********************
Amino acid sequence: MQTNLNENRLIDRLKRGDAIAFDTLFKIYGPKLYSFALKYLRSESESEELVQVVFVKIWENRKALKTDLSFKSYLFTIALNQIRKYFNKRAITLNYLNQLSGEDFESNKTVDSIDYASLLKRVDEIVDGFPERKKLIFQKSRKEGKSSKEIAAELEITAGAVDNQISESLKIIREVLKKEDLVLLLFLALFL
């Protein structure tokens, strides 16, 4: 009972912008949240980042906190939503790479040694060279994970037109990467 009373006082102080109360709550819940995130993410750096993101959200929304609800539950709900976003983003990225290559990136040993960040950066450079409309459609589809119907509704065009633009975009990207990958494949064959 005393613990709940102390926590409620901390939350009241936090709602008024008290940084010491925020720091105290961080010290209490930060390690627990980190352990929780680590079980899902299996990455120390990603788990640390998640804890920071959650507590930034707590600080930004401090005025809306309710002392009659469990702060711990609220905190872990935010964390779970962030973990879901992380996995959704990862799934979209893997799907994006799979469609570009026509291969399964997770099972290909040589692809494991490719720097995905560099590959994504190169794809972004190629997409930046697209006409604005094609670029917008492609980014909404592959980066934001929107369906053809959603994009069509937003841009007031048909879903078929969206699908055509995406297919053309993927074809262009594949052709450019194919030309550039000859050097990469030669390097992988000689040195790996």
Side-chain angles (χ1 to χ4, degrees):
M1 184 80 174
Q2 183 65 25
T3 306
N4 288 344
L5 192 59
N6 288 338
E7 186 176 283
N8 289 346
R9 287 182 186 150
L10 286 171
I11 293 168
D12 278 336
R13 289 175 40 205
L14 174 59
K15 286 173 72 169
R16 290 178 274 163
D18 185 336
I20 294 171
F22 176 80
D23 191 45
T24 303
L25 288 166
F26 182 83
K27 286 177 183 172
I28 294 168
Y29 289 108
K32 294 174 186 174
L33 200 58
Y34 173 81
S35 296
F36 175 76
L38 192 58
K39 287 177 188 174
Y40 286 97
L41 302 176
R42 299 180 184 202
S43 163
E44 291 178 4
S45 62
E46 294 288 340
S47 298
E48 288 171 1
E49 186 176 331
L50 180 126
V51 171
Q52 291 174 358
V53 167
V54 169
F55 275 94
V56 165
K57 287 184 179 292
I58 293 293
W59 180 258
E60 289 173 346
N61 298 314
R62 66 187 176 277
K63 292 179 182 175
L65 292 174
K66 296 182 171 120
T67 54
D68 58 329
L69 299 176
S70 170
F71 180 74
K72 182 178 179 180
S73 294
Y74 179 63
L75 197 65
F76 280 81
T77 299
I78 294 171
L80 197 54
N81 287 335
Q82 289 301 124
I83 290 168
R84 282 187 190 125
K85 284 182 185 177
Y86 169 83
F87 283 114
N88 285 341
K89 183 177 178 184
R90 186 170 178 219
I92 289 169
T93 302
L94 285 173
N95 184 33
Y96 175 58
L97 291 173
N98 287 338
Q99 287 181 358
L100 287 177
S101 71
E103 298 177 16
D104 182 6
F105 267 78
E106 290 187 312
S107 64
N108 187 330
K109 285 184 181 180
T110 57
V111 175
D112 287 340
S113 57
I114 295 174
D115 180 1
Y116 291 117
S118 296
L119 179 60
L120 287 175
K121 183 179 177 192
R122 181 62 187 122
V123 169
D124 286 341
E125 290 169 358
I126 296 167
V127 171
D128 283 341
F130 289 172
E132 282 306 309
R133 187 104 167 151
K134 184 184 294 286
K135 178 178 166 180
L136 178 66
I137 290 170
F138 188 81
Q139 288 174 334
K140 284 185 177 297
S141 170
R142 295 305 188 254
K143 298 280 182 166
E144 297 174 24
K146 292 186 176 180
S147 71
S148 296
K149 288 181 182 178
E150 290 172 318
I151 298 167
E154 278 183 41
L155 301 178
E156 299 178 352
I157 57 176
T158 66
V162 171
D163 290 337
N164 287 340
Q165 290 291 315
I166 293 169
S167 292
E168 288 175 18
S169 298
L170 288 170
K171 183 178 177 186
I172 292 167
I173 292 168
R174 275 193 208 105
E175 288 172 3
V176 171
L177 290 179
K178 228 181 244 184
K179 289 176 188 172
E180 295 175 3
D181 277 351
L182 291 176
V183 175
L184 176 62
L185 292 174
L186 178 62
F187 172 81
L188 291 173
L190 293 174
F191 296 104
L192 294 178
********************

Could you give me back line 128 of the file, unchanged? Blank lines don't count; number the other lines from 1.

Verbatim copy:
F138 188 81